Like many postcollegiate young men in New York City, Dwight Wilmerding suffers from a nearly debilitating case of abulia, the inability to make up his mind. He can’t commit to a girlfriend. He can’t commit to a job. He can’t commit to what he wants for dinner. Then one day Dwight’s med school roommate offers him the drug Abulinix, an experimental treatment for chronic indecision. He takes it. At the same time, a former crush invites Dwight to visit her in Ecuador. He goes to meet her. And what happens next, besides the drugs, sex, and self-consciousness? Decisions. Maybe.
Random House. 241 pages. $21.95. ISBN: 1400063450
NY Times Book Review
"If Kunkel had stopped his novel in midsentence some 20 or 30 pages earlier, he would merely have written the funniest and smartest coming-of-age novel in years. In fact, he seems to be trying to do something more ambitious." Jay McInerney
"Because he’s young and uses big words, Kunkel may unfairly be compared to David Foster Wallace or Rick Moody, but unlike them he has succeeded in writing a novel that’s clever without being self-conscious." John McNally
Milwaukee Jrnl Sentinel
"Kunkel’s insight into his protagonist is astoundingly authentic, with Dwight’s anxieties and elations, his wit and cruelty, practically breathing through Kunkel’s rich words. . . . Despite an overdone formula—a coming-of-age yarn—Kunkel brings enough novelty to the material to emerge as an alpha author rather than a mindless mutt obeying the expectations of the genre." Piet Levy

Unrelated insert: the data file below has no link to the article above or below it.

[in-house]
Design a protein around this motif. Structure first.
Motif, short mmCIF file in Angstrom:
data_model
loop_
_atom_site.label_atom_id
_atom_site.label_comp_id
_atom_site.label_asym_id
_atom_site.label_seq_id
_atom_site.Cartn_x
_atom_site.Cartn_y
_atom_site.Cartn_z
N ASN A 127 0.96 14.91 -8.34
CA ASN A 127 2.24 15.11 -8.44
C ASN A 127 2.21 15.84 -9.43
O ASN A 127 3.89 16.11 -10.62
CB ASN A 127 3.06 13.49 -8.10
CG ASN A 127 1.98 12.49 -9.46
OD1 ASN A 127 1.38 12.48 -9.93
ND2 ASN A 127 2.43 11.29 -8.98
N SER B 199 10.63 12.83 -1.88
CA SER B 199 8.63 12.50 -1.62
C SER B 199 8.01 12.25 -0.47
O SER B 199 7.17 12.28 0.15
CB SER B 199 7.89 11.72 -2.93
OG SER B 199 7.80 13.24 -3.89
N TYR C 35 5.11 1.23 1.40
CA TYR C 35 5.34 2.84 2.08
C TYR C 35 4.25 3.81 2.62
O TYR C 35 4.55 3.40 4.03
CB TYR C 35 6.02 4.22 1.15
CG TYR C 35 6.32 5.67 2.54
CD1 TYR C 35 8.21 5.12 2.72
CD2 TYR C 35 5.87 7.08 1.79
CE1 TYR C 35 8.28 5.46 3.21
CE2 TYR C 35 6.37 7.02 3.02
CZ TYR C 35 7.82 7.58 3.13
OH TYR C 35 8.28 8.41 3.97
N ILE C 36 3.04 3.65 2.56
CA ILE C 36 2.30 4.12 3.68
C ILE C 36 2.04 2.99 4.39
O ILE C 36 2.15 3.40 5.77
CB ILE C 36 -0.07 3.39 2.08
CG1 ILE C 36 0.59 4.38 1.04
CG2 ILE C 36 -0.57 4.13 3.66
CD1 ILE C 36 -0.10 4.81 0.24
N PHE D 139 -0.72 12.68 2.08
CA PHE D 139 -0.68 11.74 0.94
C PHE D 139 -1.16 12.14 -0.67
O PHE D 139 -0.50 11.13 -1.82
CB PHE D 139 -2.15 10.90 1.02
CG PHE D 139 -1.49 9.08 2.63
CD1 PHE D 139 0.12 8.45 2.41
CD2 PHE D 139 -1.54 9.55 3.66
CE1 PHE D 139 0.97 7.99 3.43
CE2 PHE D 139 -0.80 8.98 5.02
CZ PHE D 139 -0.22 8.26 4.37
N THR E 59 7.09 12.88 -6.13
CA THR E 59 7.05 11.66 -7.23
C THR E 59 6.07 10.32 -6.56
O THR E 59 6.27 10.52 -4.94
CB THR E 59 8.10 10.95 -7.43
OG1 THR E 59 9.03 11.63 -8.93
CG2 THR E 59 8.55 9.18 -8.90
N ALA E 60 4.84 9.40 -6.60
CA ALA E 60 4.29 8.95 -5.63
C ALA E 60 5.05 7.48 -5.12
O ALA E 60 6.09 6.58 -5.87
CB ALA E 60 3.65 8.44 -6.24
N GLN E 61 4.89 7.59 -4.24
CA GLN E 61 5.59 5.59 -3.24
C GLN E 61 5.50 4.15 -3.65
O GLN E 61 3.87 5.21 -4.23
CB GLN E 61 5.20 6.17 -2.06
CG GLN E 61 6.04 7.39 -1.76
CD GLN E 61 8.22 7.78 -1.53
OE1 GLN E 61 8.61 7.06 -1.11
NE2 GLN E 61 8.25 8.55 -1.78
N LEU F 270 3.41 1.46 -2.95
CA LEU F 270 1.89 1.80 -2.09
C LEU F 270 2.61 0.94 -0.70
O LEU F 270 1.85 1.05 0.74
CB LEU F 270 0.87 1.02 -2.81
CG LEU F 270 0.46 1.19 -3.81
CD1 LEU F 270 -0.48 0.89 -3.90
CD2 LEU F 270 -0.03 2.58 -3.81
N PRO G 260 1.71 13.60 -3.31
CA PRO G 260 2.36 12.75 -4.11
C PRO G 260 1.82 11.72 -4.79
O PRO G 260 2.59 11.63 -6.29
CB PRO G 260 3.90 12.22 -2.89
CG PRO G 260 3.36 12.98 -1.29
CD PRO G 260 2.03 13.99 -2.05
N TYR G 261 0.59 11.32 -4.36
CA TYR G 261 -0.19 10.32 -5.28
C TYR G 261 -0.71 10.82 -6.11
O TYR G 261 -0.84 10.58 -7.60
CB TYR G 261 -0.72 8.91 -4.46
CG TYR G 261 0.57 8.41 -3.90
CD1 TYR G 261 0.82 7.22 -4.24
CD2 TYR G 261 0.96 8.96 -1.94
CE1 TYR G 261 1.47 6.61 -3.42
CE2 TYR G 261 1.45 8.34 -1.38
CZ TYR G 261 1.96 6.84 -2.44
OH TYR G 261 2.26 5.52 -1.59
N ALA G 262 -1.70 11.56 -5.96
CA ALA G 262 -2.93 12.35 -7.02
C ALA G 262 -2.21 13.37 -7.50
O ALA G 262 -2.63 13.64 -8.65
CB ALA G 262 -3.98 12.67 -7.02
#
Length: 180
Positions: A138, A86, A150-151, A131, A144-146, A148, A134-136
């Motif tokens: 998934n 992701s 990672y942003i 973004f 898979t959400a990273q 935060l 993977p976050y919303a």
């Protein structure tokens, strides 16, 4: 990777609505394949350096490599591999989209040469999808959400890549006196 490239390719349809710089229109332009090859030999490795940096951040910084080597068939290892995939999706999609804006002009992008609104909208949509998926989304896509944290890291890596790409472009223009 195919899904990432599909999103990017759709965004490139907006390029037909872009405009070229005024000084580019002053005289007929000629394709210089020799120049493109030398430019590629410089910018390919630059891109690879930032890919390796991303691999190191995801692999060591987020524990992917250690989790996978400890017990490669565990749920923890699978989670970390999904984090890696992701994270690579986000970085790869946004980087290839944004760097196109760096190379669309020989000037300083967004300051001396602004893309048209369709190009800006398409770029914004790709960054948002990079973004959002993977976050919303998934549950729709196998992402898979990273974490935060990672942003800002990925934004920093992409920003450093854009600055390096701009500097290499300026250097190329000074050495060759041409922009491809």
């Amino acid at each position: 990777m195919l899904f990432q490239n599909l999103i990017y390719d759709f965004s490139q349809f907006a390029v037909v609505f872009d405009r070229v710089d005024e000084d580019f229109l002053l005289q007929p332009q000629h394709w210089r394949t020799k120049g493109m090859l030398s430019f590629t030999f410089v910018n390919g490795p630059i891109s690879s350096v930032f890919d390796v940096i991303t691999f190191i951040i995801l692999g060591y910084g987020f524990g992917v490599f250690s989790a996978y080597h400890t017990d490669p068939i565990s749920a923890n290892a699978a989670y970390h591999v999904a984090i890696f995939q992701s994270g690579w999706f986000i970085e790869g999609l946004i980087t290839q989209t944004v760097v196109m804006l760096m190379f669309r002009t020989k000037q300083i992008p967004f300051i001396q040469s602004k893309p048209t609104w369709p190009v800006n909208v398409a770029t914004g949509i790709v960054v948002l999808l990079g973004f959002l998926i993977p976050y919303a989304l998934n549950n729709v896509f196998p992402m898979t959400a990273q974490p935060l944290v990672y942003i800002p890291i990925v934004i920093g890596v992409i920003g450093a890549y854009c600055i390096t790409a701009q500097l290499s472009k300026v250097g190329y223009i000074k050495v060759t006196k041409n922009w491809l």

New York Times
"Still he’s funny, Dwight is, and kind of earnest and definitely a lost soul, which in the end, I admit, really sort of gets to you." Michiko Kakutani
San Francisco Chronicle
"[F]or all of Indecision’s stoner Woody Allen phrasing . . . that may lead some to think Kunkel is merely, if entertainingly, riffing, there is much evidence that the novel is more sophisticated than it lets on. . . . That prose alone strongly hints at the depth of Kunkel’s skills, which is to say, quite simply, he’s for real." Oscar Villalon
The whiny, wisecracking narrator lifts this bildungsroman well above the clichéd masses. Dwight’s voice "blends astute and whimsical observation with cerebral gymnastics and tortuously modest, wistful introspection" (New York Times Book Review). Yes, some reviewers found Dwight annoying. But even they were ultimately won over by his childlike innocence, madcap adventures, and the debut author’s skillful prose style. Sure, reviewers were unsure how to handle the novel’s preachy, pseudopolitical twists. But this is a story about uncertainty; vacillating critics are par for the course. Kunkel "manages to make the whole flailing, postadolescent, prelife crisis feel fresh and funny again" (New York Times Book Review). He deserves your time. Probably.